Whether you're sailing the Caribbean, Alaska or Europe, great footwear can make or break a cruise. No one wants to get blisters after a day walking on cobblestones, miss out on a hike or skip a stroll on the beach because you didn't pack the right shoes.
Luckily, Cruise Critic has been there, worn that -- and knows exactly what kind of shoes you'll need for each kind of cruise. Check out our recommendations for the best women's shoes for your cruise.
While some cruisers see a Caribbean vacation as a chance to hit the beach, others want to go-go-go. The islands provide plenty of ways to stay active, including hiking, biking, horseback riding or even just walking around. Caribbean towns often have uneven pavement or sidewalks, meaning that you'll need something more durable than wimpy beach shoes. That's why we like these slingback walking shoes from Easy Spirit. They have a closed toe so you can do an ATV excursion, but there's enough arch support and ventilation to make them comfy all day.
Flip-flops come in every shape, color and size -- so why are we recommending a designer brand like Tory Burch? Because part of every Caribbean cruise involves relaxing near a pool or beach; why not treat yourself to a little style indulgence? We recommend a blueberry pedicure and a flowing cover-up to match these high-style flip-flops.
In our dreams, all Caribbean beaches have powder-perfect sand. The reality is that some beaches, particularly on rainforest islands, have a lot of rocks to cross as you wade into the water. Protect your delicate tootsies from stubs with Aleader mesh water shoes that dry quickly, yet have plenty of traction for wet and slippery conditions (like climbing Dunn's River Falls in Jamaica). Water shoes are also great for kayaking and catamaran trips.
As anyone who has spent the day limping through cobblestoned streets in bad shoes knows, having the right footwear in Europe is essential. Protect your feet with these Easy Spirit Cave walking shoes that are durable and have plenty of arch support. The sharp black style will also help you blend in with the crowds as more of a local, not a tourist.
Whether you're in central Europe on a river cruise or on a Mediterranean adventure, summers can be blazing hot. Let your feet breathe with these sporty walking sandals from Clarks that have a feminine twist. They're perfect for a seaside cafe lunch or a Parisian brasserie outing. The cushion helps if you take in a museum or a food tour, where you'll be spending tons of time on your feet while on hard surfaces.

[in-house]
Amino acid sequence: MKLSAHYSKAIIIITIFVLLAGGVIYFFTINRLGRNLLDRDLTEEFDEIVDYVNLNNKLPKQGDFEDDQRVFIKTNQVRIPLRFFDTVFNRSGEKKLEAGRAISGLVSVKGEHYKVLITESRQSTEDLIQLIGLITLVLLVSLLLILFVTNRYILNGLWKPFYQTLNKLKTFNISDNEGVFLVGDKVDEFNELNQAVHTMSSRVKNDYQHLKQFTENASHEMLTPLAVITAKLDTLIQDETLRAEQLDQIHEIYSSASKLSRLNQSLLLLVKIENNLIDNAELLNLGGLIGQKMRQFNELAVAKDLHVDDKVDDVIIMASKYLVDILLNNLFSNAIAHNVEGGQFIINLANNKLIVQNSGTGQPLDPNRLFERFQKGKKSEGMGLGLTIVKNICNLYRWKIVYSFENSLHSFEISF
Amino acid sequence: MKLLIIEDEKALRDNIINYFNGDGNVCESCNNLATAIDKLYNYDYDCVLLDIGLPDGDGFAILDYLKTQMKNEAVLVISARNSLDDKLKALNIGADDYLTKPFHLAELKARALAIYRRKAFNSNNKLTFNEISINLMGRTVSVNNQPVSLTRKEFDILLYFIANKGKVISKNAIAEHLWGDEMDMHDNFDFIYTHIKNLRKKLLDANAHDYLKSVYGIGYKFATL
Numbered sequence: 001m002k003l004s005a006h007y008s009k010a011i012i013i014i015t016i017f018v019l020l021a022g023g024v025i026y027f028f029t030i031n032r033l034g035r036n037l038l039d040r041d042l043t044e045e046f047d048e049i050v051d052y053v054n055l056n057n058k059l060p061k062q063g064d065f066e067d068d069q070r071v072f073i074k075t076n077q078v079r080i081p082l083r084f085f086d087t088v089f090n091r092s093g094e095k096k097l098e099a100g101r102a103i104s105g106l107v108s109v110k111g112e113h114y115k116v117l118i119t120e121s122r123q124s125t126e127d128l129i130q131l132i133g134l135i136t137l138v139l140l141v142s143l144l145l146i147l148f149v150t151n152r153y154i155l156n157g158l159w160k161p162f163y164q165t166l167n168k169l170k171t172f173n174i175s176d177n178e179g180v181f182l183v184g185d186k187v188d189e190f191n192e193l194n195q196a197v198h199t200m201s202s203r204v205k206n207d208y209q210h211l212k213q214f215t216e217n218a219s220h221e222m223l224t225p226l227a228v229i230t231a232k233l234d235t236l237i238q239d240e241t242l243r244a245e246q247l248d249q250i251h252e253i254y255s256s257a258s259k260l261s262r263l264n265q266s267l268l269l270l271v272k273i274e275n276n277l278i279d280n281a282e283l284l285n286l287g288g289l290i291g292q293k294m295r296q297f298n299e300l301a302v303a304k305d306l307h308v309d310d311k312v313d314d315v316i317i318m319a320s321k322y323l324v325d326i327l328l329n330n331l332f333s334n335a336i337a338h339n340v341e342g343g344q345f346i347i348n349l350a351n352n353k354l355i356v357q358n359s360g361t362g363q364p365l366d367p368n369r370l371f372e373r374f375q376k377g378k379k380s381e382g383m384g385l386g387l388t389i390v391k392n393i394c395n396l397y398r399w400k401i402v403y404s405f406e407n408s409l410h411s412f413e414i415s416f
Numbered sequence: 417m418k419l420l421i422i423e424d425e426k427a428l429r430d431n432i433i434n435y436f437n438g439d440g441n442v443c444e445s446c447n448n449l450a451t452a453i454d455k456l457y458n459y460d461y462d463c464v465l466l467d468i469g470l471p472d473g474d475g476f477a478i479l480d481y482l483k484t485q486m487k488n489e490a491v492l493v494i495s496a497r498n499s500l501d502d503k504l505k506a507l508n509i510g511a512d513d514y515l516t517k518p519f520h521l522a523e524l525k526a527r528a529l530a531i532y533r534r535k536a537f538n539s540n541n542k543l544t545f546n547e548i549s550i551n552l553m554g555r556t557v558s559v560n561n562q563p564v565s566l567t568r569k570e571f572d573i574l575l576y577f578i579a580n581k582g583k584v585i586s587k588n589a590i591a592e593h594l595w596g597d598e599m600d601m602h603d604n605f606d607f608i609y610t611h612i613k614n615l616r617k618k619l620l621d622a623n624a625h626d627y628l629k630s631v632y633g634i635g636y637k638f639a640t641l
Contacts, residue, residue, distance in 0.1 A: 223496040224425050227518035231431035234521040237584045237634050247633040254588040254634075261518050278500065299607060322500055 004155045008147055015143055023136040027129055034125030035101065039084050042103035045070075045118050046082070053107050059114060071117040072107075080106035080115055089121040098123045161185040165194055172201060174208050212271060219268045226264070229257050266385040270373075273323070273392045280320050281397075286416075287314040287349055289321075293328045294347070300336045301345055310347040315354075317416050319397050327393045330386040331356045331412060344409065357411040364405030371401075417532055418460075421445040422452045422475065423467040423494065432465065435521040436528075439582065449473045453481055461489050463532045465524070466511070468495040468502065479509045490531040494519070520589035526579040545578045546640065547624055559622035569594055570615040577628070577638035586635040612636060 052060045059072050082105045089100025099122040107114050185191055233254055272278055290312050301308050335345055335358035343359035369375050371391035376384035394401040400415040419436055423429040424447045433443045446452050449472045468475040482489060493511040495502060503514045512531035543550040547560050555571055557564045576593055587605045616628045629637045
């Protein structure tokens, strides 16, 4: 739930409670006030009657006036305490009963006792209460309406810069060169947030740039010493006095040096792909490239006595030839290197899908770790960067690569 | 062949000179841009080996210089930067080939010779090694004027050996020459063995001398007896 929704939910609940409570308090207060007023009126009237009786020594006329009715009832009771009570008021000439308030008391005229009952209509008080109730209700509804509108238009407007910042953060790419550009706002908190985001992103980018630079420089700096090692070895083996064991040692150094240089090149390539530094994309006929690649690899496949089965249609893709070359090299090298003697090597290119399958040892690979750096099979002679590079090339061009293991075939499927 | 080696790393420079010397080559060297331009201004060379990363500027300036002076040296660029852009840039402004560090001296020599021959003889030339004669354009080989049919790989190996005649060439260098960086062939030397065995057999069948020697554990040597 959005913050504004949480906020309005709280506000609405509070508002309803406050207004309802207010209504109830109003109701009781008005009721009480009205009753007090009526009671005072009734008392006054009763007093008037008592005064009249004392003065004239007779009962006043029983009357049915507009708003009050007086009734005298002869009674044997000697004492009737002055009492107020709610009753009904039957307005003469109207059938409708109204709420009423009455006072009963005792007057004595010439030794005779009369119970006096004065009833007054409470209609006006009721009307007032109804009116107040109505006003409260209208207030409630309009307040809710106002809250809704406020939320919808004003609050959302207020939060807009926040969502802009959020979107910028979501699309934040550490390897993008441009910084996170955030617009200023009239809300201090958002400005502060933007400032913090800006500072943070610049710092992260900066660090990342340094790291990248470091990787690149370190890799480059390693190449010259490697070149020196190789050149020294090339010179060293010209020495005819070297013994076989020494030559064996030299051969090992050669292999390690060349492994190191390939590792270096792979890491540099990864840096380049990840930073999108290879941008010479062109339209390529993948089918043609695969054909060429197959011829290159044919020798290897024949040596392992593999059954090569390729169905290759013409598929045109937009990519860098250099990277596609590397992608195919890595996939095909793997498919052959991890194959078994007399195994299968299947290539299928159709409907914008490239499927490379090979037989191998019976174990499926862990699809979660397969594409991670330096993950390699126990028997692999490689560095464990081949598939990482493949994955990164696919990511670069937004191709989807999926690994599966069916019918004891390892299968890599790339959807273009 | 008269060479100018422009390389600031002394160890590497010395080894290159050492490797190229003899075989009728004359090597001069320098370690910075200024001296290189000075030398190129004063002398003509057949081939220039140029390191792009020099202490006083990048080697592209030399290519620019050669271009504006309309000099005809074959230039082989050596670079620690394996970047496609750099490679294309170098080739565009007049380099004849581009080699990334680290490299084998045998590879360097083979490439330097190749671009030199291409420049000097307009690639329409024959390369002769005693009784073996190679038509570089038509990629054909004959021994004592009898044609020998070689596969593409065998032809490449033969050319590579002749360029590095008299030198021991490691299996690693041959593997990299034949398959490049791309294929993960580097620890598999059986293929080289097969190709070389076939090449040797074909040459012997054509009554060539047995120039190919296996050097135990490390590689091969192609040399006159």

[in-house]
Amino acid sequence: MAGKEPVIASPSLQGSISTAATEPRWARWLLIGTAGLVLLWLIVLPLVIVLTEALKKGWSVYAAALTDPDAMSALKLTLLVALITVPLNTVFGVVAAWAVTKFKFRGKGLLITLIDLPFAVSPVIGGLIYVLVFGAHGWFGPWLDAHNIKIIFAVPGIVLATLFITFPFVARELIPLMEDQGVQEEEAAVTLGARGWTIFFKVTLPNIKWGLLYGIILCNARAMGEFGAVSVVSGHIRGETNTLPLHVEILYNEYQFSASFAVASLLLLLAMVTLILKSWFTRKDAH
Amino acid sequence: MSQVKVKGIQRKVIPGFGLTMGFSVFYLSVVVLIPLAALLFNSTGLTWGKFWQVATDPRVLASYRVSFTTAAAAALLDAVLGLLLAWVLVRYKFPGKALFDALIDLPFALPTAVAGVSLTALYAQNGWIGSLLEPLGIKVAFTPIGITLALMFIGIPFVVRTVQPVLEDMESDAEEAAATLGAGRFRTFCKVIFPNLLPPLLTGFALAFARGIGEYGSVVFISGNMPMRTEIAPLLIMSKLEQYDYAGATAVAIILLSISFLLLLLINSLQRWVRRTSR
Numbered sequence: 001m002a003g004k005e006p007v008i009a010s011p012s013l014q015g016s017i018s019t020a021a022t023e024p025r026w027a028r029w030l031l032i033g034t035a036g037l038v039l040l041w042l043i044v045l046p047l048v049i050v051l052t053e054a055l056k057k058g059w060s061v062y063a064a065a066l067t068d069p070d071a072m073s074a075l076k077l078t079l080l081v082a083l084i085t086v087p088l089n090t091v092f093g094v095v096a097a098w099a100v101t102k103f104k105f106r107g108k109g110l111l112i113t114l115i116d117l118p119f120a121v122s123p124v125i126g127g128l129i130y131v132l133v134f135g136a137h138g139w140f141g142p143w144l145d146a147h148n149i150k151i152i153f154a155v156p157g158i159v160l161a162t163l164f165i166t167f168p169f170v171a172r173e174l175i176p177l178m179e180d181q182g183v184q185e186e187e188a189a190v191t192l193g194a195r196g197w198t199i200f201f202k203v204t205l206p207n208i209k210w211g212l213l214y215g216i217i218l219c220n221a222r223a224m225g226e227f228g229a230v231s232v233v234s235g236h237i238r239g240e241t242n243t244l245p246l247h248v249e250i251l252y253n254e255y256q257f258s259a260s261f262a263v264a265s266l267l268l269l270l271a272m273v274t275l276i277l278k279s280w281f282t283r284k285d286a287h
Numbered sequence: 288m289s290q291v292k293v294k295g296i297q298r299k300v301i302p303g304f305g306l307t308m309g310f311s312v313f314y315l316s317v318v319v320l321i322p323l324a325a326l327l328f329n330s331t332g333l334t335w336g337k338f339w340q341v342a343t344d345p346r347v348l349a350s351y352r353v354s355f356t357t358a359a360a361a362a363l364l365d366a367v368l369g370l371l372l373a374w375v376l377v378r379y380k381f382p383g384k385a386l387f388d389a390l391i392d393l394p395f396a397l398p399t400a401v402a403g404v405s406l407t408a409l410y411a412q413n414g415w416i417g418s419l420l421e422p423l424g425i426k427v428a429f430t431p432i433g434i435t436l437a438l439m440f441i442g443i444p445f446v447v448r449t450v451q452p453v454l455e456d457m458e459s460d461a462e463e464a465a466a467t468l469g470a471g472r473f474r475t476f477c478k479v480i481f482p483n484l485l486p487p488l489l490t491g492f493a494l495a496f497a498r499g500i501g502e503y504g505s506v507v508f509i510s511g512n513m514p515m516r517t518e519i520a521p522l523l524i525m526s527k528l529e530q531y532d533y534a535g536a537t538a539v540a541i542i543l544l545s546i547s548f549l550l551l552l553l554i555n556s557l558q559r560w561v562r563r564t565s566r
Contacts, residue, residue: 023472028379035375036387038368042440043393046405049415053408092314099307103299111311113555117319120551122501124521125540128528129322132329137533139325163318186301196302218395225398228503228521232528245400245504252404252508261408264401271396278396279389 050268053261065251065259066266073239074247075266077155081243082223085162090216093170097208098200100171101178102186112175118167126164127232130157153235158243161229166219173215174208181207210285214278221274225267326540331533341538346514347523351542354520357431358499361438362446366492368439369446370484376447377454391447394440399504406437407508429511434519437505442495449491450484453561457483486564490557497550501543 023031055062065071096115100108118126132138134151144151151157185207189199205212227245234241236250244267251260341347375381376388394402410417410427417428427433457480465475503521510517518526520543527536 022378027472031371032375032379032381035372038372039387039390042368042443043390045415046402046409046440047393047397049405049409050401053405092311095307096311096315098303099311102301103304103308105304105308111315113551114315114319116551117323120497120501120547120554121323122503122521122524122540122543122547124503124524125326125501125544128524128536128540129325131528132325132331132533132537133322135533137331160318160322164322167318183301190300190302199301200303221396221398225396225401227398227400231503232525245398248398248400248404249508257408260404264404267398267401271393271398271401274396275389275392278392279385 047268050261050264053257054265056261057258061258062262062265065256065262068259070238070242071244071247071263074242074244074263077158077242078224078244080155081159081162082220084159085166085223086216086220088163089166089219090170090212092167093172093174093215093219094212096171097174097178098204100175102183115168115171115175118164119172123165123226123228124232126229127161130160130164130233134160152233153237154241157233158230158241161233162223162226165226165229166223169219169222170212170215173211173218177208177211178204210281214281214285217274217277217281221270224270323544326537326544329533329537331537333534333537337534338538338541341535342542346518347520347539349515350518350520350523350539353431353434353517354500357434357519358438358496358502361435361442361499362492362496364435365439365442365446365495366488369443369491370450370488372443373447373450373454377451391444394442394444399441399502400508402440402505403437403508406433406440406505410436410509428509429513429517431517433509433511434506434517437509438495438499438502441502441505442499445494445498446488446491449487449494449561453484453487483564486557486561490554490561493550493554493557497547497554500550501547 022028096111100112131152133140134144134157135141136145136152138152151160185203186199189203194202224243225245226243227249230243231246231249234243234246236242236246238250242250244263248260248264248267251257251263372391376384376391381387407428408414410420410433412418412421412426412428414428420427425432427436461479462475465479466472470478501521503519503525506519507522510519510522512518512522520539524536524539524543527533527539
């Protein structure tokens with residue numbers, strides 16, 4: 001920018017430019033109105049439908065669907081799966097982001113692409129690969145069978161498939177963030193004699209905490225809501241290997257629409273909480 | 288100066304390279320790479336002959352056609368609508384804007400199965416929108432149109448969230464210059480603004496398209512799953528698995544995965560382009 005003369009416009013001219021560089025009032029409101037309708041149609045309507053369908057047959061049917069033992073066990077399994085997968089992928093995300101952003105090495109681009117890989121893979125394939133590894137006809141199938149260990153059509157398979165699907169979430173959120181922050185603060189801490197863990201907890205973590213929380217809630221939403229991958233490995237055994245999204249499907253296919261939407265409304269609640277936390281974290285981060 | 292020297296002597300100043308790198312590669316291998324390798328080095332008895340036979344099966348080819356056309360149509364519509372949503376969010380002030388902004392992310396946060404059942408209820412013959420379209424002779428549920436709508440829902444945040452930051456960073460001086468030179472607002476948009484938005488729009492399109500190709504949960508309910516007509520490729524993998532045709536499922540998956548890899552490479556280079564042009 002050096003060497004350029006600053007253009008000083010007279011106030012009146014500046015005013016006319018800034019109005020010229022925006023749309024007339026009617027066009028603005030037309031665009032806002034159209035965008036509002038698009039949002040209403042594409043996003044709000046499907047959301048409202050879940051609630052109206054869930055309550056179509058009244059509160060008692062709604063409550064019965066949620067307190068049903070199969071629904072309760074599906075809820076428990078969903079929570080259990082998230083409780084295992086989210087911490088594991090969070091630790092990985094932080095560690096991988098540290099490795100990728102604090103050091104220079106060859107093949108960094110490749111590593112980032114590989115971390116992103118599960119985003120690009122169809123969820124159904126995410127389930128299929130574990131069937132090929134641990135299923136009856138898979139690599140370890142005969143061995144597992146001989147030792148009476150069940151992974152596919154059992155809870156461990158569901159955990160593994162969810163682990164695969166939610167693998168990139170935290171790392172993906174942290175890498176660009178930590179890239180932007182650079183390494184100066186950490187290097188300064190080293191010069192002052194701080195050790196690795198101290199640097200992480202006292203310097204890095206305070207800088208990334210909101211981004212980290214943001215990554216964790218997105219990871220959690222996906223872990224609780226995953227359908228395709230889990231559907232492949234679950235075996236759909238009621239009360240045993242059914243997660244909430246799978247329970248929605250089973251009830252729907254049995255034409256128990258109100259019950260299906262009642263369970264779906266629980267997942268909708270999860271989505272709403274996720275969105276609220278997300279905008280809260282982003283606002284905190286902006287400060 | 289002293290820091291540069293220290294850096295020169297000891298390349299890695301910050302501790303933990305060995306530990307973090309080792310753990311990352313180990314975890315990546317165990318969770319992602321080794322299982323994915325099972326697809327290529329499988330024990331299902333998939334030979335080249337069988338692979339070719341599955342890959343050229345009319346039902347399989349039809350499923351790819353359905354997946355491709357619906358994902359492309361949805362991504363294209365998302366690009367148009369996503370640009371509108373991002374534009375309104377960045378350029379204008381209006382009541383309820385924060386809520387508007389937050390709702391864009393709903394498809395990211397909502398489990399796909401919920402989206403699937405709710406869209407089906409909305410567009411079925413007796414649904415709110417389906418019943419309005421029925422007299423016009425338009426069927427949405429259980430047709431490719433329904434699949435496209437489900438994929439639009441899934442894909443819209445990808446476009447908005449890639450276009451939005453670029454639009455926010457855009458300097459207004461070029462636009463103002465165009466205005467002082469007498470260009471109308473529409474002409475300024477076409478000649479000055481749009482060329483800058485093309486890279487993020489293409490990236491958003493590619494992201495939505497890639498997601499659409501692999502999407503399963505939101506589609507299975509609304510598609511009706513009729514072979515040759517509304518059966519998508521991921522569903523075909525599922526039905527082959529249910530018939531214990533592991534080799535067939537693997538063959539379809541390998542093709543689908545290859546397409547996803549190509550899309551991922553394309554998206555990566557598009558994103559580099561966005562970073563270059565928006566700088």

The off-season in Europe can be chilly and rainy -- and if you're around during the holiday season, wet and snowy. While the gluhwein might keep you warm for a little while, you'll be glad you have these Sorel waterproof walking boots with you. The thick tread helps with navigating slippery cobblestones, too.
An Alaska cruise is all about enjoying the great outdoors. A lightweight lace-up hiking bootie, like the Plank from Easy Spirit, gives your ankles the support that you need for Mount Roberts in Juneau or a trek out to Mendenhall Glacier.
Xtratuf Rubber Boots
Xtratuf rubber boots are considered the official footwear of Alaska; all of your tour guides will be wearing them. If you're planning on fishing excursions, taking a glacier walk or getting out in a kayak on a small ship cruise, you'll find that the no-slip tread of ankle-length xtratufs can't be beat (and for women, they come in a variety of colors). They'll keep your feet warm and dry in even the heaviest Alaskan rain. Don't worry, you can use them back home for gardening.
OK, these aren't shoes, per se. But you'll be happy you have a few pairs of Gore-Tex socks in your suitcase, particularly if you're taking a cruise tour that brings you north to Denali National Park, Fairbanks or the Yukon. They'll also keep you warm on that windy whale-watching tour.
This list was developed in partnership with Easy Spirit LLC. Cruise Critic is also a participant in the Amazon Services LLC Associates Program, an affiliate advertising program designed to provide a means for sites to earn advertising fees by promoting and linking to Amazon.com.